While the Eris variant, the majority in Europe, is spreading at its own pace, another variant is appearing. The large number of its mutations leads the World Health Organization to place it under close scrutiny. Should we be worried about it? The opinion of Dr Gérald Kierzek, emergency doctor and medical director of TipsForWomens.
A new variant of Covid is placed under surveillance, announces the World Health Organization (WHO) in its latest epidemiological bulletin. The BA.X strain, also known as BA.2.86, was placed on the international body’s watch list on Thursday due to the “large number of mutations it carries”.
The new variant detected in three countries, but not in Europe
Only three cases linked to this new strain have so far been detected: in Denmark, Israel and the United States. But Maria Van Kerkhove, epidemiologist and head of the Covid response at the WHO, is concerned about the very limited information available on the strain. “A large number of mutations required closer monitoring”, she shares on the X network (ex Twitter). This is why close monitoring and sequencing are essential today to track known variants, detect new variants, and anticipate their consequences.
New @WHO variant under monitoring BA.2.86
V limited info available right now but large # of mutations needs closer monitoring
Surveillance, sequencing & #COVID19 reporting critical to track known/detect new variants
Updated page live soon⬇️https://t.co/VNvjJn8Xcv
— Maria Van Kerkhove (@mvankerkhove) August 17, 2023
Denmark, where two cases with no epidemiological link have been detected, is also working to better understand this virus and thus assess the possible threat posed by the new strain.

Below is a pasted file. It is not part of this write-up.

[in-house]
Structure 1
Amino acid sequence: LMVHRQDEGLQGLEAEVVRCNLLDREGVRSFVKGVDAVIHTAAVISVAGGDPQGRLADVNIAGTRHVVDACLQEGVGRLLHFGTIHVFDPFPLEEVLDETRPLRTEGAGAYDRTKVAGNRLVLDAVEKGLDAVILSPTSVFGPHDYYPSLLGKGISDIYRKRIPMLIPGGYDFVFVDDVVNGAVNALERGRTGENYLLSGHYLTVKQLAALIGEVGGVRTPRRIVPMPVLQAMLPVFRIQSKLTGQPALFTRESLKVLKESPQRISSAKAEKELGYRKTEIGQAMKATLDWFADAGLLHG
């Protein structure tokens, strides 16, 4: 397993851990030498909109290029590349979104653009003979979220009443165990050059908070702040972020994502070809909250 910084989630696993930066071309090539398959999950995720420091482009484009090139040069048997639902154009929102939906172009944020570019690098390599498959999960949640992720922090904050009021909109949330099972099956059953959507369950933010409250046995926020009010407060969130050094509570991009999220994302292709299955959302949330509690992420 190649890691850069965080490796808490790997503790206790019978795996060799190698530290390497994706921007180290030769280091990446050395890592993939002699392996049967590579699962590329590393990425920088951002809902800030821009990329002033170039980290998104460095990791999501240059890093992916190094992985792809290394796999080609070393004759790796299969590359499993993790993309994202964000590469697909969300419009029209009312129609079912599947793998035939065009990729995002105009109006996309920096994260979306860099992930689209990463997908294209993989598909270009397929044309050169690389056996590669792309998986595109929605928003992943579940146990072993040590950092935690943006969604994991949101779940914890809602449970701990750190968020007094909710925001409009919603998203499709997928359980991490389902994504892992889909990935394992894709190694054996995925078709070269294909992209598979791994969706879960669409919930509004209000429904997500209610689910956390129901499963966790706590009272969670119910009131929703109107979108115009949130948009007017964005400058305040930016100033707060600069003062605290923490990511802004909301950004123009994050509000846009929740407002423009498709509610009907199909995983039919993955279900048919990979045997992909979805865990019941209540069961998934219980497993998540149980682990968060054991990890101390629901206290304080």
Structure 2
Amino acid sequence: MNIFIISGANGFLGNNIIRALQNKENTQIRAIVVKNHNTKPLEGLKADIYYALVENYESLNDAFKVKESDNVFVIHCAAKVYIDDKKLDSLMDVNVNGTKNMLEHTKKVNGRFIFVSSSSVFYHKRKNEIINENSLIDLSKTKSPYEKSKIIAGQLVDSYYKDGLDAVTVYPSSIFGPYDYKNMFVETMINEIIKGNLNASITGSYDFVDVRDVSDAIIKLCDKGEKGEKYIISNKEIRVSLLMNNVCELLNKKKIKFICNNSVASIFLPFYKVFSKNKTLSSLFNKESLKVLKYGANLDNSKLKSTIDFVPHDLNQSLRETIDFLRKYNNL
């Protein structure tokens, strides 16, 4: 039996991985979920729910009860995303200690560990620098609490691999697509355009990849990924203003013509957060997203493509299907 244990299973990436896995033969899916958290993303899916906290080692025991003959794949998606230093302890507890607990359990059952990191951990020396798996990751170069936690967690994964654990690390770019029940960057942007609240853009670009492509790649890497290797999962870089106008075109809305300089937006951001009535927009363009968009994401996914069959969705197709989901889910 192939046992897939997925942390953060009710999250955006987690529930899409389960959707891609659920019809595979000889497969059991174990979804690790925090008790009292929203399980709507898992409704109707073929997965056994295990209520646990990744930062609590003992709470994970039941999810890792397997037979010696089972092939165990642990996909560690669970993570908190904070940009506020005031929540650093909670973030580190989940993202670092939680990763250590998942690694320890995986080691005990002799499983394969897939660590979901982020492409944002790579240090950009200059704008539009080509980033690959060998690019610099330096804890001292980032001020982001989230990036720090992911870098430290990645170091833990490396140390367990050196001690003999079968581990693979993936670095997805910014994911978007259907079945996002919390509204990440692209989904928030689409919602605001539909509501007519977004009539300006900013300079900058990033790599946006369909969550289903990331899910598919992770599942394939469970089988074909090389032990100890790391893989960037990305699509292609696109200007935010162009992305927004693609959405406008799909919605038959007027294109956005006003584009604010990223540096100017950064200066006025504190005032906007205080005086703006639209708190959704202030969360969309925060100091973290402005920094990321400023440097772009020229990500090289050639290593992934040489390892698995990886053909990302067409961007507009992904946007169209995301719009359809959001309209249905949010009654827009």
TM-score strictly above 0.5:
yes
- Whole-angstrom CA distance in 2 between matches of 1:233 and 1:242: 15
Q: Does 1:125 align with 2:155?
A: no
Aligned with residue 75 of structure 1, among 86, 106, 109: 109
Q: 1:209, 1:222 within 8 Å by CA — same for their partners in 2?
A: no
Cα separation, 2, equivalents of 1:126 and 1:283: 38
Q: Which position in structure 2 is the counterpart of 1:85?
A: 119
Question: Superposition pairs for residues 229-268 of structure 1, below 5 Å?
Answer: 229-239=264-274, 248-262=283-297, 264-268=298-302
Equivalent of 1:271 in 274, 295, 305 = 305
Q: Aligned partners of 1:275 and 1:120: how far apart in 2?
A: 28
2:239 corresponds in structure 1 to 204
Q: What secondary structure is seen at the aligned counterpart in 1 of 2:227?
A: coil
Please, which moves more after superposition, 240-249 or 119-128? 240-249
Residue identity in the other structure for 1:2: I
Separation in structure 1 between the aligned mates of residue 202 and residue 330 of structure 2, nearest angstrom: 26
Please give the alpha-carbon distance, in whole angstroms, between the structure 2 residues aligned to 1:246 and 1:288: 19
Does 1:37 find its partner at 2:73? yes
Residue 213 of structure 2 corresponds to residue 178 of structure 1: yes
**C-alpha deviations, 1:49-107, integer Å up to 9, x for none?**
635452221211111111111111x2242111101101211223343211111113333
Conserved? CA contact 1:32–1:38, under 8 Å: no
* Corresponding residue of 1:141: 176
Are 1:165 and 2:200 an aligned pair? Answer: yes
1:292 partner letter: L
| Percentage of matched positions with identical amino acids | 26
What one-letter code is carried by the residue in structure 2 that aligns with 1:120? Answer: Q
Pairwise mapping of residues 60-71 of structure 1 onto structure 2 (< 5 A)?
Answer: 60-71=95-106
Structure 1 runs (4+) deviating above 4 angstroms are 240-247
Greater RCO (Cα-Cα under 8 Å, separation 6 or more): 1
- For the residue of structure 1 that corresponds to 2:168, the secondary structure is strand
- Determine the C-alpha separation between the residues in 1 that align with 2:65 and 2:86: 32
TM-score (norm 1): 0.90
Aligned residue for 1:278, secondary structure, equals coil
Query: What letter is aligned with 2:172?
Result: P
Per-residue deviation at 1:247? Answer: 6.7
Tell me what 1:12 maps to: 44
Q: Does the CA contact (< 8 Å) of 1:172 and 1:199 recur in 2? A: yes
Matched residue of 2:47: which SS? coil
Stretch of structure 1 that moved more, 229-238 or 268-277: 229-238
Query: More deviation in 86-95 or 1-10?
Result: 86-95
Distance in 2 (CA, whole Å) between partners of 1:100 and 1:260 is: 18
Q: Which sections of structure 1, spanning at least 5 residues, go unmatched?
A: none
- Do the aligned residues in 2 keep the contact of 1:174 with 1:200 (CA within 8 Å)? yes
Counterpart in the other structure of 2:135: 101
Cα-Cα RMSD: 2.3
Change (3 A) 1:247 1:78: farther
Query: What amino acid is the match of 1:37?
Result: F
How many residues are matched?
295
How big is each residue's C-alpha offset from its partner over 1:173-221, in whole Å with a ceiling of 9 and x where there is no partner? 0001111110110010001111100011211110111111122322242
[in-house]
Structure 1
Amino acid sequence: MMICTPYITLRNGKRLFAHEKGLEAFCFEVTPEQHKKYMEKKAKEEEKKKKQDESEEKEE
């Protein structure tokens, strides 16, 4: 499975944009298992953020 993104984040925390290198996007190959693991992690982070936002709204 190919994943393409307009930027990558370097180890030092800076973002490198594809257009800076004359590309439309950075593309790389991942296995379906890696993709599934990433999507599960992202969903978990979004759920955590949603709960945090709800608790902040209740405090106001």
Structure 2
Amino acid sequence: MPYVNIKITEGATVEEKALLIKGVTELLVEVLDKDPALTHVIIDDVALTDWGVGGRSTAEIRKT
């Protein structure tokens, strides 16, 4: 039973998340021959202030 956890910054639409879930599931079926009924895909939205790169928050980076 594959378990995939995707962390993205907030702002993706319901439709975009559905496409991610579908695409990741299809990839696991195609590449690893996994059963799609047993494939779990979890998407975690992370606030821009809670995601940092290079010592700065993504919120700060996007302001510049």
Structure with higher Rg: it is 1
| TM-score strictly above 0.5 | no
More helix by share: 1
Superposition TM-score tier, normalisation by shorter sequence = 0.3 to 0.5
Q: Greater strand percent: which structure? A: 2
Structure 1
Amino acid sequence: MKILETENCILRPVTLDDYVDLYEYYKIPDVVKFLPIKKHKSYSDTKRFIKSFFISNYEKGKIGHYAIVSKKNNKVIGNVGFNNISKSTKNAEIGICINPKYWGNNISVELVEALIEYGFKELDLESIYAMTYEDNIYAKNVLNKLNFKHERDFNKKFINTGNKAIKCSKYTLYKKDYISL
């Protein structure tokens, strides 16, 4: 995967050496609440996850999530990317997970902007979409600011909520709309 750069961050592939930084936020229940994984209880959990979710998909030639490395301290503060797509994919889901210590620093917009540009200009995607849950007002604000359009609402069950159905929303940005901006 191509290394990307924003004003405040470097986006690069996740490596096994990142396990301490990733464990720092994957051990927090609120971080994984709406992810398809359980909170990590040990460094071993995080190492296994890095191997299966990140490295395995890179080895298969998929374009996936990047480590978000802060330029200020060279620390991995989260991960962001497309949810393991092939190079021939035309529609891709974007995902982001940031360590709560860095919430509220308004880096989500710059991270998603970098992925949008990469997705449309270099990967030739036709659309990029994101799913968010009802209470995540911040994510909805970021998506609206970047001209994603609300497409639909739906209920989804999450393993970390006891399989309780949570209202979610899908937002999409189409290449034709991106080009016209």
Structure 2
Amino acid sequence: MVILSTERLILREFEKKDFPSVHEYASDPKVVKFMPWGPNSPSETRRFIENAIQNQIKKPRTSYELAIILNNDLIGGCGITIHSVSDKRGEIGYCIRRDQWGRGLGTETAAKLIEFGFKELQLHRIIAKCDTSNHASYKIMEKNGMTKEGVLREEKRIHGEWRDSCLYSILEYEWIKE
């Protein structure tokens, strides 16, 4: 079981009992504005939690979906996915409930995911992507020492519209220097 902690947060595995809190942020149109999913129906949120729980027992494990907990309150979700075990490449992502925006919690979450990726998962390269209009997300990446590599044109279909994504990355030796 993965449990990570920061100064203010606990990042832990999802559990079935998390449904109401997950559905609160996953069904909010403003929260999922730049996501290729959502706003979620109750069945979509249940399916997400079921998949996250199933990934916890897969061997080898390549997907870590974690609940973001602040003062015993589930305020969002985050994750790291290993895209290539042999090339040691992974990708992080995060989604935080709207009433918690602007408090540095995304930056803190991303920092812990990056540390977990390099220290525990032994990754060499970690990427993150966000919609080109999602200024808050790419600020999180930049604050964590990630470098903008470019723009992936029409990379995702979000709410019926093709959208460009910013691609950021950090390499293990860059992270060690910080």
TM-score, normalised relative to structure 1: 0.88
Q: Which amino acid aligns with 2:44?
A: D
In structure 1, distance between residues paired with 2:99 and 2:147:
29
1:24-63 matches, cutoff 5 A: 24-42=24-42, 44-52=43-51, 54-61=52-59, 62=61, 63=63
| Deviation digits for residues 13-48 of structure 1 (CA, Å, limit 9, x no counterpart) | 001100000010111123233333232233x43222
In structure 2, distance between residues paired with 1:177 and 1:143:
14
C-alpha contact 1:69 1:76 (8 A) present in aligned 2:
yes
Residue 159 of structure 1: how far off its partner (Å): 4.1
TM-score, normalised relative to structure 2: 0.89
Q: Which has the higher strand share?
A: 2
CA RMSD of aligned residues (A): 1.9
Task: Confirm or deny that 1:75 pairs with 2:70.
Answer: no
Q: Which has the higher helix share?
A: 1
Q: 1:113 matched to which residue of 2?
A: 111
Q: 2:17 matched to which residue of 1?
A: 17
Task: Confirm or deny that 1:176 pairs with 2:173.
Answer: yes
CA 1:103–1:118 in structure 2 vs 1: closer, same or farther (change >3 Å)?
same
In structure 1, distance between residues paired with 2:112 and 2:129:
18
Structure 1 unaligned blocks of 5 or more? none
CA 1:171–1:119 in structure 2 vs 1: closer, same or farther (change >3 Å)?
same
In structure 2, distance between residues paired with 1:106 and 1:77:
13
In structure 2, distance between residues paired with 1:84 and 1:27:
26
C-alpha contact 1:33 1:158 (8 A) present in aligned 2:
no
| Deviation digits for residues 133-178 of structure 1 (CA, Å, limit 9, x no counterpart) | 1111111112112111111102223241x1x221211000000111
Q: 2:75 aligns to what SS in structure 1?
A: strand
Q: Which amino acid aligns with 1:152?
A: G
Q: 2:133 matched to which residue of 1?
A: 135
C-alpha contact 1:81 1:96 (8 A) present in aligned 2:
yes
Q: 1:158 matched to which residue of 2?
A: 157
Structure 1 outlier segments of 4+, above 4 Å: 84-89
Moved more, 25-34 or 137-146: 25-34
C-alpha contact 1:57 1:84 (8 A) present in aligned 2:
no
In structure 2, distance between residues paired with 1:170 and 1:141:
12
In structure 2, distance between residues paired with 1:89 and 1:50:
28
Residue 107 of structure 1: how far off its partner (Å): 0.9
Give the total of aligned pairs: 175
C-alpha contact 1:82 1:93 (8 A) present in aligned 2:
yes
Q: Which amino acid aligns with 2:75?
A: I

Also in the United States, the first case of BA.2.86 detected by a laboratory at the University of Michigan, was also sequenced by the clinical microbiology laboratory as part of “basic surveillance”. The Centers for Disease Control and Prevention (CDC), American health authorities, have announced that they are closely scrutinizing this newcomer.
An unknown impact at the moment
Nothing says for the moment that this strain would be more virulent or more dangerous than another. But monitoring is a precautionary measure. The international public health agency has decided to classify this new variant “in the category of variants under surveillance because of the very large number (greater than 30) of mutations of the Spike gene that it carries”. (As a reminder, it is this same Spike protein that allows SARS-COV-2 to penetrate host cells.). It thus joins XBB.2.3, XBB.1.9.2, XBB.1.9.1, XBB, CH.1.1 and BA.2.75 – on the WHO watch list in August.
Now is not the time for panic, but rather for knowledge. A concept recalled by Tedros Adhanom Ghebreyesus, Director General of the WHO: “We wouldn’t know if the virus is evolving, in case we didn’t test enough. Testing is essential to see how the virus evolves”, did he declare. Advice on infection prevention remains unchanged.
“The more the virus mutates, the more it becomes fragile”
This little known strain, should it worry us? Not really according to Dr. Gérald Kierzek, medical director of TipsForWomens: “This is yet another variant that has no reason to be more dangerous. But you have to understand that the more you try to protect yourself from a virus, the more it will mutate; the more vaccines we make, the more the virus will do everything to circumvent vaccination… It’s a kind of race against time between the virus and the human being”.
A mechanism which, it may be recalled, would rather be in our favour.
“The more the virus mutates, the more coding errors it makes, and the more it becomes fragile. That does not mean that it will be more virulent, it is rather the opposite! Especially since there is a phenomenon of cross-immunity, i.e.Although everyone today has had immune contact with a relative of this variant, there is no reason why there should not be immunity – at least partial – against this newcomer” .
Reassuring words that put the real potential risk into context without falling into psychosis. “We have lived with coronaviruses for millennia, we are not going to eradicate them. It would be a mistake to think so” concludes the doctor.